tips to ease discomfort and help you sleep better when you’re sick

Expert provides 8 top tips on getting better sleep when sick

With the ‘worst cold in Britain’ spreading around the UK, a health and wellness writer for Amerisleep, has compiled a list of “8 tips to ease discomfort and help you sleep better when you’re sick”.

The tips include natural remedies and diet recommendations on how to decongest a stuffy nose, soothe a scratchy throat, and calm an aggressive cough.

8 tips to ease discomfort and help you sleep better when you’re sick

1.            Eat Chicken Soup for Dinner

Research suggests that chicken soup contains anti-inflammatory effects that may aid in easing cold symptoms and help you bounce back faster. The steam wafting up from your bowl is perfect for clearing your nasal passages, while the broth helps you stay hydrated. Though experts can’t say for sure how the whole thing works, they do know that canned soups seem to work as well as homemade—so you can reap the benefits even if mom isn’t around to make you a fresh batch. 

2.            Saline Rinse for Congestion

To soothe a stuffy nose, skip the nasal spray (it can be drying as well as habit-forming) in favour of a simple saline rinse, which research suggests may be more effective at relieving congestion.

You can snort warm salt water (use natural sea salt, since table salt often contains irritating anti-caking agents) right from your hands, but a neti pot is easier and more pleasant to use: The teapot-shaped device is available at most drugstores and makes it simple to pour a saline solution in one nostril and out the other.

3.            Calm Your Cough

Salt water won’t just ease stuffiness—it can also offer temporary relief for a sore throat. Mayo Clinic experts recommend gargling eight ounces of warm water mixed with 1/2 teaspoon salt.

Can’t stand the saltiness? Try decaffeinated black tea with a big spoonful of honey. Black tea contains theobromine, a compound whose cough-suppressing qualities outweigh codeine. The sweet stuff, on the other hand, helps to coat your throat and minimize that scratchy feeling. Like theobromine, research suggests that honey actually does a better job at easing nighttime cough than over-the-counter medications.

4.            Take a Steamy Shower

The steam from the hot water is a natural, effective way to ease congestion, helping you breathe easier. (If you feel too weak to stand, just turn the shower on, shut the bathroom door, and sit in the room. You’ll still reap the benefits.)

To boost your shower’s feel-good power, add a few drops of eucalyptus essential oil, which boasts antiviral properties and can also help break up mucus and ease joint pain.

Lavender essential oil is another great add-in, since the soothing scent is thought to promote relaxation. An added bonus: the drop in body temperature after you leave a warm bath or shower helps encourage sleep.

5.            Consider Skipping Stimulating Meds

The active ingredients found in certain medications can make it harder to fall asleep. Cold pills and some cough medicines contain the decongestant pseudoephedrine, which can leave you feeling hyper. And though diphenhydramine, found in many cold and allergy meds, makes some people sleepy, it can actually have the opposite effect in others.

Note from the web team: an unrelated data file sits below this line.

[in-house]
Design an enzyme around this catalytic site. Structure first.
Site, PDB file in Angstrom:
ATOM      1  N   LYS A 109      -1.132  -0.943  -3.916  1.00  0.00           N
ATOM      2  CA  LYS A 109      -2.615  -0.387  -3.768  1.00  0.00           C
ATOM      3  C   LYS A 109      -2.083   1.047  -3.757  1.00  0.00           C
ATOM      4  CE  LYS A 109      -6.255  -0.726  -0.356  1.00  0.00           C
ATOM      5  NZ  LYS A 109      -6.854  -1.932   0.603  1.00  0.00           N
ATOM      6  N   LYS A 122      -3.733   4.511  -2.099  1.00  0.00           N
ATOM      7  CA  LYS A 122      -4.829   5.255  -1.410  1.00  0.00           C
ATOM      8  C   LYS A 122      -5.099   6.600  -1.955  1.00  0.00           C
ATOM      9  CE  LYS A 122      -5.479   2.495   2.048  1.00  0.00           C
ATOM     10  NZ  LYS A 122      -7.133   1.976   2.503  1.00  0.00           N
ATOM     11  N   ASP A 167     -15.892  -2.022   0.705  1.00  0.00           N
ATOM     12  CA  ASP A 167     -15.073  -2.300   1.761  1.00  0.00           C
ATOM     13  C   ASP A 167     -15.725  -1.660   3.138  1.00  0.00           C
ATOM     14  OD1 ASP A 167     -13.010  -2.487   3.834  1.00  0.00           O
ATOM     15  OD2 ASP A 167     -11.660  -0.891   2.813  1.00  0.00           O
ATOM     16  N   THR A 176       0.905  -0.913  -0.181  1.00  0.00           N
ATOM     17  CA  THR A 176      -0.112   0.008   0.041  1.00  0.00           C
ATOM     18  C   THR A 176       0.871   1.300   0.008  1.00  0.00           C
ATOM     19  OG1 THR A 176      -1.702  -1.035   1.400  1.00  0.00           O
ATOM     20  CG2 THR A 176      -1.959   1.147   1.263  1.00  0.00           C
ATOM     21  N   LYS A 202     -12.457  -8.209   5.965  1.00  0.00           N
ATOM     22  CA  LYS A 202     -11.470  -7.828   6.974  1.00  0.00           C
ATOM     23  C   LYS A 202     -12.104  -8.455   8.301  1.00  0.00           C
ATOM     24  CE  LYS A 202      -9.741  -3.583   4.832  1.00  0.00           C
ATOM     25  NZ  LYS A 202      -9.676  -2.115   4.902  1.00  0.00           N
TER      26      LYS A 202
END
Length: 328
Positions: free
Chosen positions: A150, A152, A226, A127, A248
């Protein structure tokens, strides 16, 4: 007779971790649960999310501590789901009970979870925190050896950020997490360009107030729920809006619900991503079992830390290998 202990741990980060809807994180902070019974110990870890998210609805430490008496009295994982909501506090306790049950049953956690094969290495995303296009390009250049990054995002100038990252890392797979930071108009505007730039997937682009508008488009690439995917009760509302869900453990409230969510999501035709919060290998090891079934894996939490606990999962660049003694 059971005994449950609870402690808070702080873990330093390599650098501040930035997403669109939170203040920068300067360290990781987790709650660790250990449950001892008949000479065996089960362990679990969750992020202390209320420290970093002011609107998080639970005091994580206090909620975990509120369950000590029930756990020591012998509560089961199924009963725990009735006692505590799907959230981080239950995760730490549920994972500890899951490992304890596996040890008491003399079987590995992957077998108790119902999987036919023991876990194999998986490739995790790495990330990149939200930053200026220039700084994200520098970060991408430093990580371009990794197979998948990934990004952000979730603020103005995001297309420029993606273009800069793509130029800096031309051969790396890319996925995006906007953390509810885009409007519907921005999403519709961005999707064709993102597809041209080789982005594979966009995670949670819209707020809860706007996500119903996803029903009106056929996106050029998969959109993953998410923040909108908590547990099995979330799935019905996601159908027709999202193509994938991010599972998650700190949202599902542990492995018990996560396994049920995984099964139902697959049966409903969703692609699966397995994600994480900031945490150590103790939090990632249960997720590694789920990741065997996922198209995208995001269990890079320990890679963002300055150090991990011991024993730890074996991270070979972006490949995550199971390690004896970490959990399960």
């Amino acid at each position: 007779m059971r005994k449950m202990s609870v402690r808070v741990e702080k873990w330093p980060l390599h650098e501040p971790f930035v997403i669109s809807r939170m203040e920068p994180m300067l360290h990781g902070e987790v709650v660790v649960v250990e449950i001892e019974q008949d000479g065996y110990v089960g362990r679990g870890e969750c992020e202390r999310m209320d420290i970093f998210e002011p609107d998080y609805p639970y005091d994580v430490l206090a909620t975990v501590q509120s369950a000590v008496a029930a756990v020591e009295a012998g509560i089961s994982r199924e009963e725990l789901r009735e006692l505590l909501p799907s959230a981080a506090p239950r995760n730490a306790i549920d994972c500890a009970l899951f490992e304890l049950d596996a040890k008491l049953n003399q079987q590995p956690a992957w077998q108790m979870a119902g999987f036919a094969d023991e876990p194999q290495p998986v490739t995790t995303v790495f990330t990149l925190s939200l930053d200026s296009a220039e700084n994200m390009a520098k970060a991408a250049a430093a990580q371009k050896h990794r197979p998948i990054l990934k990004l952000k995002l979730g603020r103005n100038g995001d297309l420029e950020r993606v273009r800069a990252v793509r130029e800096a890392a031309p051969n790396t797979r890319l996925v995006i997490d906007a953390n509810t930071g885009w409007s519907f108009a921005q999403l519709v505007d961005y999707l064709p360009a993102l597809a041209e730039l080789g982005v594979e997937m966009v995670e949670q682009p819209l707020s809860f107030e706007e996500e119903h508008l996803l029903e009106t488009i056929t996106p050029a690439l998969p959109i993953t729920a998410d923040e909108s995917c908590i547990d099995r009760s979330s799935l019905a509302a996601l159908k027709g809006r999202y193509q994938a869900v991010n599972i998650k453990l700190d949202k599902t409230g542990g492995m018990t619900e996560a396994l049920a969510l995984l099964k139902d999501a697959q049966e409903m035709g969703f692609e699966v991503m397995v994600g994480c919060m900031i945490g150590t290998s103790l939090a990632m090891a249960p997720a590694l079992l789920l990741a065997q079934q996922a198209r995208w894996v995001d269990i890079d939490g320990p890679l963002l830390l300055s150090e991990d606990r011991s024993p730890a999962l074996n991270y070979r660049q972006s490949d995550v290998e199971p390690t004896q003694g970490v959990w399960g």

If you know that the ingredients don’t pose a problem for you, it’s OK to take them (always check with your doctor first, though). But if you’re not sure, it might be better to steer clear to avoid the potential for tossing and turning.

As for cold and flu meds specifically designed for sleep? Many contain alcohol, which tends to make your sleep more fragmented than restful. If you feel you need medication, experts recommend sticking to acetaminophen, which can help ease pain, headaches, and fever.

6.            Create a Comfortable Sleep Environment

To make your bedroom as sleep-friendly as possible, start by blocking out any distracting light. Close shades or curtains as tightly as possible. If others in your household are still awake and have lights on outside of your bedroom, place a towel at the door crack to keep hallway light from creeping in. Finally, power down any electronic devices (for alarm clocks, try turning them away from you.)

Quiet matters, too. Block distracting noises with earplugs if need be.

And since you’re probably alternating between feeling too hot and too cold, sleep on a comfortable mattress with layers of blankets, which allow for more temperature control than a single heavy comforter. Finally, set your bedroom’s thermostat to around 65˚. Though it might seem chilly, research suggests that cooler air helps you sleep better.

7.            Keep Your Head Elevated

Even if you ease your nasal congestion before hitting the sack, it’ll likely return in a few hours. To make that less likely, keep your head elevated while you snooze, which can help keep your nasal passages open. If two or three stacked pillows bother your neck, a wedge-style pillow may be more comfortable.

8.            Stock Your Nightstand

After managing to fall asleep, the last thing you want is to have to get out of bed in the middle of the night and start rummaging around for stuff to ease your symptoms.

Instead, keep a little feel-good kit on your nightstand. A big glass of water can ease coughing spasms, while a few drops of honey can help re-coat your throat (keep it in a small bowl with a spoon). Tissues can help with runny or stuffy noses.

Finally, have a book or magazine handy. If you wake up and are having trouble falling back asleep, a few minutes of light reading can help you start to feel drowsy again.


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